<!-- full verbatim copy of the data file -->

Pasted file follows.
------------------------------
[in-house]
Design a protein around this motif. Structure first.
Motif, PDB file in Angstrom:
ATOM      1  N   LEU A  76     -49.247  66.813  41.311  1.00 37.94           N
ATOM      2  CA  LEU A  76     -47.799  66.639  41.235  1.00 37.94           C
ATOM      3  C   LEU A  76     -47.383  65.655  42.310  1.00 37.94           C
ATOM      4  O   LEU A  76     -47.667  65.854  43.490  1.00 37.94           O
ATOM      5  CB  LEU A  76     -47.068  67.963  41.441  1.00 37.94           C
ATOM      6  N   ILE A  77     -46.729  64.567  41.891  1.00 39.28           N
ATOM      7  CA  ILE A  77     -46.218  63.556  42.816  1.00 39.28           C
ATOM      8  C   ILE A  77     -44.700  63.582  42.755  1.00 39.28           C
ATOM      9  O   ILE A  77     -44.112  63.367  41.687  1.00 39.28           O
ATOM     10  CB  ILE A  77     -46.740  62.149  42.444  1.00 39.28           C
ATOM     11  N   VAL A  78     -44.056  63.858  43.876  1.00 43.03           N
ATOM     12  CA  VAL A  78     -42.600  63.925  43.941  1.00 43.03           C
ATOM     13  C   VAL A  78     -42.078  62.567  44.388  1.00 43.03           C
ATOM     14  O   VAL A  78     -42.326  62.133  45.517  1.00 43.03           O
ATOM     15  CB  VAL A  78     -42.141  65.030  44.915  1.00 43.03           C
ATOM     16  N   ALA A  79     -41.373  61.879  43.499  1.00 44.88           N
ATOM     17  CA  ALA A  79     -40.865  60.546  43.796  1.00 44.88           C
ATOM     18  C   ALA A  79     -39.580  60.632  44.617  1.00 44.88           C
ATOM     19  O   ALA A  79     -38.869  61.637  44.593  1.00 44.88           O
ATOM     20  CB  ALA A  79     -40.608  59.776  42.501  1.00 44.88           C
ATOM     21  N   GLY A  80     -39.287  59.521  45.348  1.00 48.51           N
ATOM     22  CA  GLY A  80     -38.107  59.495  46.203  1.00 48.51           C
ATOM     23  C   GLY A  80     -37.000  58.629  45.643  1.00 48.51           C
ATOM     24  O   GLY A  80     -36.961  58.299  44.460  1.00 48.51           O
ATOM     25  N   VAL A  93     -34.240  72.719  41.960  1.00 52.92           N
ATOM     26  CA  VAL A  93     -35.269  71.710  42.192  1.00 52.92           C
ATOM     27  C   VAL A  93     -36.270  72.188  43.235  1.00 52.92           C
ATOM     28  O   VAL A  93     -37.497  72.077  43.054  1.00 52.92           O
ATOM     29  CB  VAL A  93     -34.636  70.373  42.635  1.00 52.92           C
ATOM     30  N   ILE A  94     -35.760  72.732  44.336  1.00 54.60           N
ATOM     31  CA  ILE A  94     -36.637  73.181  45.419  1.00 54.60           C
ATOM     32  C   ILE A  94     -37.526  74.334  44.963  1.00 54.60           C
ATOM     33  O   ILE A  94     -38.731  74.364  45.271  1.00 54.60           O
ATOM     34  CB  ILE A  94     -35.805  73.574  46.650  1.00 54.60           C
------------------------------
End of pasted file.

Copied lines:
[in-house]
Design a protein around this motif. Structure first.
Motif, PDB file in Angstrom:
ATOM      1  N   LEU A  76     -49.247  66.813  41.311  1.00 37.94           N
ATOM      2  CA  LEU A  76     -47.799  66.639  41.235  1.00 37.94           C
ATOM      3  C   LEU A  76     -47.383  65.655  42.310  1.00 37.94           C
ATOM      4  O   LEU A  76     -47.667  65.854  43.490  1.00 37.94           O
ATOM      5  CB  LEU A  76     -47.068  67.963  41.441  1.00 37.94           C
ATOM      6  N   ILE A  77     -46.729  64.567  41.891  1.00 39.28           N
ATOM      7  CA  ILE A  77     -46.218  63.556  42.816  1.00 39.28           C
ATOM      8  C   ILE A  77     -44.700  63.582  42.755  1.00 39.28           C
ATOM      9  O   ILE A  77     -44.112  63.367  41.687  1.00 39.28           O
ATOM     10  CB  ILE A  77     -46.740  62.149  42.444  1.00 39.28           C
ATOM     11  N   VAL A  78     -44.056  63.858  43.876  1.00 43.03           N
ATOM     12  CA  VAL A  78     -42.600  63.925  43.941  1.00 43.03           C
ATOM     13  C   VAL A  78     -42.078  62.567  44.388  1.00 43.03           C
ATOM     14  O   VAL A  78     -42.326  62.133  45.517  1.00 43.03           O
ATOM     15  CB  VAL A  78     -42.141  65.030  44.915  1.00 43.03           C
ATOM     16  N   ALA A  79     -41.373  61.879  43.499  1.00 44.88           N
ATOM     17  CA  ALA A  79     -40.865  60.546  43.796  1.00 44.88           C
ATOM     18  C   ALA A  79     -39.580  60.632  44.617  1.00 44.88           C
ATOM     19  O   ALA A  79     -38.869  61.637  44.593  1.00 44.88           O
ATOM     20  CB  ALA A  79     -40.608  59.776  42.501  1.00 44.88           C
ATOM     21  N   GLY A  80     -39.287  59.521  45.348  1.00 48.51           N
ATOM     22  CA  GLY A  80     -38.107  59.495  46.203  1.00 48.51           C
ATOM     23  C   GLY A  80     -37.000  58.629  45.643  1.00 48.51           C
ATOM     24  O   GLY A  80     -36.961  58.299  44.460  1.00 48.51           O
ATOM     25  N   VAL A  93     -34.240  72.719  41.960  1.00 52.92           N
ATOM     26  CA  VAL A  93     -35.269  71.710  42.192  1.00 52.92           C
ATOM     27  C   VAL A  93     -36.270  72.188  43.235  1.00 52.92           C
ATOM     28  O   VAL A  93     -37.497  72.077  43.054  1.00 52.92           O
ATOM     29  CB  VAL A  93     -34.636  70.373  42.635  1.00 52.92           C
ATOM     30  N   ILE A  94     -35.760  72.732  44.336  1.00 54.60           N
ATOM     31  CA  ILE A  94     -36.637  73.181  45.419  1.00 54.60           C
ATOM     32  C   ILE A  94     -37.526  74.334  44.963  1.00 54.60           C
ATOM     33  O   ILE A  94     -38.731  74.364  45.271  1.00 54.60           O
ATOM     34  CB  ILE A  94     -35.805  73.574  46.650  1.00 54.60           C